Lifshitz creates a reality with the character Reut that she was not able to have in her own lifetime. In her childhood, there was no understanding or conversation with Shifra, and there was no hug she could offer after learning what her grandmother had experienced at the hands of the Nazis. 

Shifra did not speak of her survival story, not even to her daughter (Lifshitz’s mother). Lifshitz said that the family would hear a word about the Holocaust in “general here and there,” but they knew nothing of the details. Family members saw the number 60427 tattooed on her arm, but it was always hidden under long sleeves in public.

“This guilt and this heaviness really affected her relationships with others.” – Shulamit Lifshitz

“This guilt and this heaviness really affected her relationships with others,” Lifshitz said.  

In the diary, there are poems that her grandmother had written. One of things her grandmother wrote is that after liberation, everybody was dancing and singing and happy to be out of the camp. Her grandmother wrote that she could not be happy because she felt guilty and upset about her sister’s death.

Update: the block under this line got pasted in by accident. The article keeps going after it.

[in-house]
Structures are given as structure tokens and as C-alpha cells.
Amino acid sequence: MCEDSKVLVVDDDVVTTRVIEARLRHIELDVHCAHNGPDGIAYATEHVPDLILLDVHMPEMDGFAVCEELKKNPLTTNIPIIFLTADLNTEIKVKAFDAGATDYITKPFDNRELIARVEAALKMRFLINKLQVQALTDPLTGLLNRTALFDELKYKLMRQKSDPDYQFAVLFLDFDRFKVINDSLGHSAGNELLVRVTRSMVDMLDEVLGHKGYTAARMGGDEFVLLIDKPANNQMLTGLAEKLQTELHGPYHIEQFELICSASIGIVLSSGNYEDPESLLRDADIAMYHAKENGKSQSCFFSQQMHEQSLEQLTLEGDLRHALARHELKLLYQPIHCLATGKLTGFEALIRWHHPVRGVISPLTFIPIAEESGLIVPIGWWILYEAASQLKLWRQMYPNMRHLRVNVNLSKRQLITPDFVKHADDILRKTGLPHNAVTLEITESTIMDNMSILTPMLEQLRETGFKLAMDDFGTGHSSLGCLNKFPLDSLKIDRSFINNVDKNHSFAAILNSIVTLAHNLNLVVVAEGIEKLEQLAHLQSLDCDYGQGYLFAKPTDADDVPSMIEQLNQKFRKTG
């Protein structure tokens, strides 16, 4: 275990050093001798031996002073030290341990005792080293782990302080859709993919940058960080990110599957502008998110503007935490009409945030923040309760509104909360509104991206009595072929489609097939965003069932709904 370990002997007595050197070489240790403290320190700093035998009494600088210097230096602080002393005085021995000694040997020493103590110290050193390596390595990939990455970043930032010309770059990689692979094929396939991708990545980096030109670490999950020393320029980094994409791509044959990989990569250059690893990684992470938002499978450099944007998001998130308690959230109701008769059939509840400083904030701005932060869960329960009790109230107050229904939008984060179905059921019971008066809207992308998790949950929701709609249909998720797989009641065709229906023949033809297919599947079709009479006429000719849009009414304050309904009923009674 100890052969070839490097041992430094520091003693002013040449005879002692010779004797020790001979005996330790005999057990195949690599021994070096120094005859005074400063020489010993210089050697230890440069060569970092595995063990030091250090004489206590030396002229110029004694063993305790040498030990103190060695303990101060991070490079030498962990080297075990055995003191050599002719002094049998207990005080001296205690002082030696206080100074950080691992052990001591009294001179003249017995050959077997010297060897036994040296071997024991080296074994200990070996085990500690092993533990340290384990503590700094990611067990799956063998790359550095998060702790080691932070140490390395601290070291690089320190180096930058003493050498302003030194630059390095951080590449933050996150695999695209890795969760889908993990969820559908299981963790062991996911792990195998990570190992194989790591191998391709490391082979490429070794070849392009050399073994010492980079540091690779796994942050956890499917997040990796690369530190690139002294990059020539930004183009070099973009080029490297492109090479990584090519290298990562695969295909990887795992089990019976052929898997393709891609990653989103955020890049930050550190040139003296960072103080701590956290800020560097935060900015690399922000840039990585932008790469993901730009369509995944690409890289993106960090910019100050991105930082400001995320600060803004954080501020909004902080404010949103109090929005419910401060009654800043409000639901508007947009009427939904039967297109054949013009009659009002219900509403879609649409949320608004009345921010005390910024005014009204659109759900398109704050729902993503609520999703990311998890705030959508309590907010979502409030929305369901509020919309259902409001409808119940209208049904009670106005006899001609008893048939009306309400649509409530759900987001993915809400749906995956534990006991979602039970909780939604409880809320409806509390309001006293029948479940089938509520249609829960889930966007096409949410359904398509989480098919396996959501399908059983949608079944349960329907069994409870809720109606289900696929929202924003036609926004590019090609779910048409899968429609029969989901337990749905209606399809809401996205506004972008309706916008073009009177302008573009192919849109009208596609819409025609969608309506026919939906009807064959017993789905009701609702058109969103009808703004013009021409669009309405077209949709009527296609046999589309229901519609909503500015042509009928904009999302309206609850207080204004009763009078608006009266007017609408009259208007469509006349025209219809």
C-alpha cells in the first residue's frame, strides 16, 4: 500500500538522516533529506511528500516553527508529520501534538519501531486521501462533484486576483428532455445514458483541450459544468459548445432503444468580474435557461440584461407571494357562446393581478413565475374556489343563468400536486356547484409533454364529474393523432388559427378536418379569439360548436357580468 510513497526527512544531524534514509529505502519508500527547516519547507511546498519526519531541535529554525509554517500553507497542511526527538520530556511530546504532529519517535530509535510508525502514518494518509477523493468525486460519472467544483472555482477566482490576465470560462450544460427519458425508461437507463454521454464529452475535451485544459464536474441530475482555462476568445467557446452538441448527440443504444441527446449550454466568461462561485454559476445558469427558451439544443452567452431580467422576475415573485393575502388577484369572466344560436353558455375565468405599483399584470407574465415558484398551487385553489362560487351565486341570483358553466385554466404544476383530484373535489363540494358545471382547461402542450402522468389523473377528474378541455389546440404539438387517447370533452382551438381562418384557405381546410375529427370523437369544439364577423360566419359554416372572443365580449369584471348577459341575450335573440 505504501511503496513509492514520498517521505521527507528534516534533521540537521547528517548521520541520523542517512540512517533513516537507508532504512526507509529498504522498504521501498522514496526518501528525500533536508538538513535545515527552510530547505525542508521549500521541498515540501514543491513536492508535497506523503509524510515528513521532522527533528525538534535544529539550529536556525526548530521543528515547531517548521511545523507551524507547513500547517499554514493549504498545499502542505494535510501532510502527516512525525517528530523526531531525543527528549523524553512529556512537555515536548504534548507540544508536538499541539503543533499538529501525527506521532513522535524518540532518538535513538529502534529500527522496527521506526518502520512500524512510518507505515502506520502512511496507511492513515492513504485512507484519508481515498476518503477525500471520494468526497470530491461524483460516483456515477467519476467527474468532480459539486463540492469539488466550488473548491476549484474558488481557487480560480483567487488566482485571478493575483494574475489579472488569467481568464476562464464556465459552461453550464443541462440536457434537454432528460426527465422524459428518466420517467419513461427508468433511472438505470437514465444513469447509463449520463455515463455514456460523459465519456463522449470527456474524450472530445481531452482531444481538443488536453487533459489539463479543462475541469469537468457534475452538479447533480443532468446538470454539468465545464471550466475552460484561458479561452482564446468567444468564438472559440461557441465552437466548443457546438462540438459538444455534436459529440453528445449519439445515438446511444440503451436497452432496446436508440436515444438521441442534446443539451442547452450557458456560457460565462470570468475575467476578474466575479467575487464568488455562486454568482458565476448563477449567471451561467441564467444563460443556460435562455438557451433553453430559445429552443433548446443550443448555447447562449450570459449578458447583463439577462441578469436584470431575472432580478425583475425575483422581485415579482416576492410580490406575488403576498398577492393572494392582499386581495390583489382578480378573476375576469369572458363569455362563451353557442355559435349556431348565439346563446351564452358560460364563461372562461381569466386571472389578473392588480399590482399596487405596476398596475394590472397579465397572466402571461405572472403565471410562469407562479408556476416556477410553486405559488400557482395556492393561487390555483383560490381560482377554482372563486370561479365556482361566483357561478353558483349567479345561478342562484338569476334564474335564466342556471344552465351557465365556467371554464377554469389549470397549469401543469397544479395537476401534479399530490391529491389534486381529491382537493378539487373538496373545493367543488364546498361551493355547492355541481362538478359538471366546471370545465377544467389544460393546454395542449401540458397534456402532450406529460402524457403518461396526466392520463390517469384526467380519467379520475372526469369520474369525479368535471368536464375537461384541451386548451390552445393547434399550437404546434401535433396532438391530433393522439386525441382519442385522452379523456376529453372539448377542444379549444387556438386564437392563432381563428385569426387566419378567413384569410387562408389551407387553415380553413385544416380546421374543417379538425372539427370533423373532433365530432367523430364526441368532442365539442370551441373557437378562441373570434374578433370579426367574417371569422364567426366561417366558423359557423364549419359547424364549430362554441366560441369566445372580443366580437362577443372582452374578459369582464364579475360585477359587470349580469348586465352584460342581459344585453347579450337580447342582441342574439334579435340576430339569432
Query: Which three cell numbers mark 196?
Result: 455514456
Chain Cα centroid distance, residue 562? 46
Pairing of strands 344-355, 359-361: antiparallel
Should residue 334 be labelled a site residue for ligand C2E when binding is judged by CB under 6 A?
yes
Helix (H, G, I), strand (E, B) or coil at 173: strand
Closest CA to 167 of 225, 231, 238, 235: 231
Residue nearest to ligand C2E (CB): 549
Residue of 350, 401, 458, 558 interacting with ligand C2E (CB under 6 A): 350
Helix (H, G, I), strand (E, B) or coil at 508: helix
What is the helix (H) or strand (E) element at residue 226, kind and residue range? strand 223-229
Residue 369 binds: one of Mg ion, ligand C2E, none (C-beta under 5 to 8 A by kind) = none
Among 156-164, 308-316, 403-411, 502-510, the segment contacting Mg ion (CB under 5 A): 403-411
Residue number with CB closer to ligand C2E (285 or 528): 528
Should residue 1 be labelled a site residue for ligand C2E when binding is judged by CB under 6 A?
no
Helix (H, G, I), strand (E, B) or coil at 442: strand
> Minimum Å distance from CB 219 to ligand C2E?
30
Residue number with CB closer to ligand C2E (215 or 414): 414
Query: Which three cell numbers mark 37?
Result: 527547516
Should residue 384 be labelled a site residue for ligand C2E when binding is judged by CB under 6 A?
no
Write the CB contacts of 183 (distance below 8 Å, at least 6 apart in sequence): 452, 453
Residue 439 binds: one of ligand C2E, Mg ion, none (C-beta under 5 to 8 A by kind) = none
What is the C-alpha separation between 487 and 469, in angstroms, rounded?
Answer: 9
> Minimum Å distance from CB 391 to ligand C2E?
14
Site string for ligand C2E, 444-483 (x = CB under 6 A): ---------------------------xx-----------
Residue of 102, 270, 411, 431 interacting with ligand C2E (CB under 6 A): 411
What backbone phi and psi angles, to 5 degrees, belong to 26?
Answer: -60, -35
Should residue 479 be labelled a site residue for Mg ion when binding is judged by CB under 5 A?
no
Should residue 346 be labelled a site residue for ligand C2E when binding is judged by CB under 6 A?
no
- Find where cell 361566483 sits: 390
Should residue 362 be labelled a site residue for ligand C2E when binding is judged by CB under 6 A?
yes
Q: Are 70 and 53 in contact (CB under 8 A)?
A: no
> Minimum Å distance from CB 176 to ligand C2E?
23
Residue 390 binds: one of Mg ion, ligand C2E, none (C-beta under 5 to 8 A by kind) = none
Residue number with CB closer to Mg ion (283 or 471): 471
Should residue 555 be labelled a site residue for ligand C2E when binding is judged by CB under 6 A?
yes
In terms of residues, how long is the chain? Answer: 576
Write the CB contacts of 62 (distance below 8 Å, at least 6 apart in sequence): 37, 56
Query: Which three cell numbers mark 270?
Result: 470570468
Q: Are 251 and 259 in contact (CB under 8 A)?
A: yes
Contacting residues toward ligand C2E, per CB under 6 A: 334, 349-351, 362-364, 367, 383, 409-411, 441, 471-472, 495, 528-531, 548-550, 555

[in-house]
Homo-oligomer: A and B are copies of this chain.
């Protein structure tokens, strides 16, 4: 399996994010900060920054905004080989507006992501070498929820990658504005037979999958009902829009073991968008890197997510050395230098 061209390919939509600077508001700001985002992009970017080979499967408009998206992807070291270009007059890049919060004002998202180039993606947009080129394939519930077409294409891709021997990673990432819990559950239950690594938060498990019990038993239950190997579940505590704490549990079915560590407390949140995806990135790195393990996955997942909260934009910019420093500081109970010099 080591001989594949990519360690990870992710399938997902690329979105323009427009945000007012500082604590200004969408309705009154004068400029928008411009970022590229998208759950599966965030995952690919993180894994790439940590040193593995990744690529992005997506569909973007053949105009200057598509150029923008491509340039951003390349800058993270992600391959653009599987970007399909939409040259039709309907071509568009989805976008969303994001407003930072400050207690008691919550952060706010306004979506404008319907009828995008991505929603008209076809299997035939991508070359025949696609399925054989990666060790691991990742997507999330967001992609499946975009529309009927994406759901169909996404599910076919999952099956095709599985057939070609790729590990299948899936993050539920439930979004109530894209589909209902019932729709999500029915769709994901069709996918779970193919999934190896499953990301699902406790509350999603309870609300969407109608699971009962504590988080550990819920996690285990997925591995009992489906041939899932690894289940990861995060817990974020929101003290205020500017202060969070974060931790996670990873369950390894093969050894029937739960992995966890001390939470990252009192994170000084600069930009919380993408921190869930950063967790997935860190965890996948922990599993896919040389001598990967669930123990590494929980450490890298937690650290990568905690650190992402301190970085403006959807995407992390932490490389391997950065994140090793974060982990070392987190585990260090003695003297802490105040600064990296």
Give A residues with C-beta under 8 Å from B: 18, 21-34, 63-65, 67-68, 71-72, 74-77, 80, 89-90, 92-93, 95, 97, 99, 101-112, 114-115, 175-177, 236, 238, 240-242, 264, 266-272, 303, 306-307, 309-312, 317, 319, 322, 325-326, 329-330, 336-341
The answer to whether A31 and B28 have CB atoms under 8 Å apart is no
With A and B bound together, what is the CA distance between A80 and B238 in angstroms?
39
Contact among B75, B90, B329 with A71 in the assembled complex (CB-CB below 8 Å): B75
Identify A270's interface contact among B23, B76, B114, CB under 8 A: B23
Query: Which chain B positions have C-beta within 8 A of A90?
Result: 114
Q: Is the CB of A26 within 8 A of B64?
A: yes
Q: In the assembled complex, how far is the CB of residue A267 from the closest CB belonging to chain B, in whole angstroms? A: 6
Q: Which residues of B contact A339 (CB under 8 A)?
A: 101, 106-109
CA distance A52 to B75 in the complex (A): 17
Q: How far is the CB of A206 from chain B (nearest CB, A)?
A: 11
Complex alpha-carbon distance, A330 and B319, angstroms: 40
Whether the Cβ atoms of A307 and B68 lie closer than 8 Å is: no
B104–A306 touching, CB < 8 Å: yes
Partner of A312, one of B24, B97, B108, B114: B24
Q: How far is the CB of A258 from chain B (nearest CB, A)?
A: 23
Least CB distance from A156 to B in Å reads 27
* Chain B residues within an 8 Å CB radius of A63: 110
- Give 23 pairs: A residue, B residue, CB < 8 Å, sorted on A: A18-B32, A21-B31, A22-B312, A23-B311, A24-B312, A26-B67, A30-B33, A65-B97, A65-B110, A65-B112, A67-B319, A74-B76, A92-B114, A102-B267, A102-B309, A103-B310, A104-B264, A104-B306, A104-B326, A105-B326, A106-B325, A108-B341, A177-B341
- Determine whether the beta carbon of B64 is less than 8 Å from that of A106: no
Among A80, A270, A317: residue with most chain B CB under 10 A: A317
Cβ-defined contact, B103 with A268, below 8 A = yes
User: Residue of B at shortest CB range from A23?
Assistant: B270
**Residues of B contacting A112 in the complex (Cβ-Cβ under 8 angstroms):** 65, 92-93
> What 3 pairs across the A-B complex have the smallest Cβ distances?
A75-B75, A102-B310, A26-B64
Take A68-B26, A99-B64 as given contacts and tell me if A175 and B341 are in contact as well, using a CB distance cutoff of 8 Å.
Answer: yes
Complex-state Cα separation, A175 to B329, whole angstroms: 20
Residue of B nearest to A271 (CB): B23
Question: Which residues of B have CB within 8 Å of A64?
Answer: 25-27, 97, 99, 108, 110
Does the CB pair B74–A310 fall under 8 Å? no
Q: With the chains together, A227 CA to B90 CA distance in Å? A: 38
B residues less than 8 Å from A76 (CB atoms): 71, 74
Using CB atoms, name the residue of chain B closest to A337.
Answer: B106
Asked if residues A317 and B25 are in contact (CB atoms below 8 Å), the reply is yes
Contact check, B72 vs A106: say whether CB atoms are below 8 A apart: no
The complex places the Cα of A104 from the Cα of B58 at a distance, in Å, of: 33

“She was ashamed of being a Holocaust survivor,” Lifshitz said. 

Neta Ariel, the director of the Ma’Aleh Film School, spoke to the historical context of the closed off nature of some Holocaust survivors in the years after World War II.  

“It’s important to remember the atmosphere in Israel at that time — it was really during the Eichmann trial [in 1961] that broke the stigma after hearing the witnesses testify,” Ariel said. 

The actress playing Reut is Lifshitz’s niece, Tehilla — her brother’s daughter, and fourth generation from her great grandmother Shifra. After conducting auditions for the lead, she realized that nobody played the role as well as Tehilla. 

“Her eyes tell us a big story. We couldn’t understand how she did it, so we went back and begged her to do it,” Lifshitz said. Her parents agreed.” 

In one unsettling scene, Reut locks herself in the bathroom and writes “60427” on her own arm with a pen before hastily washing it off.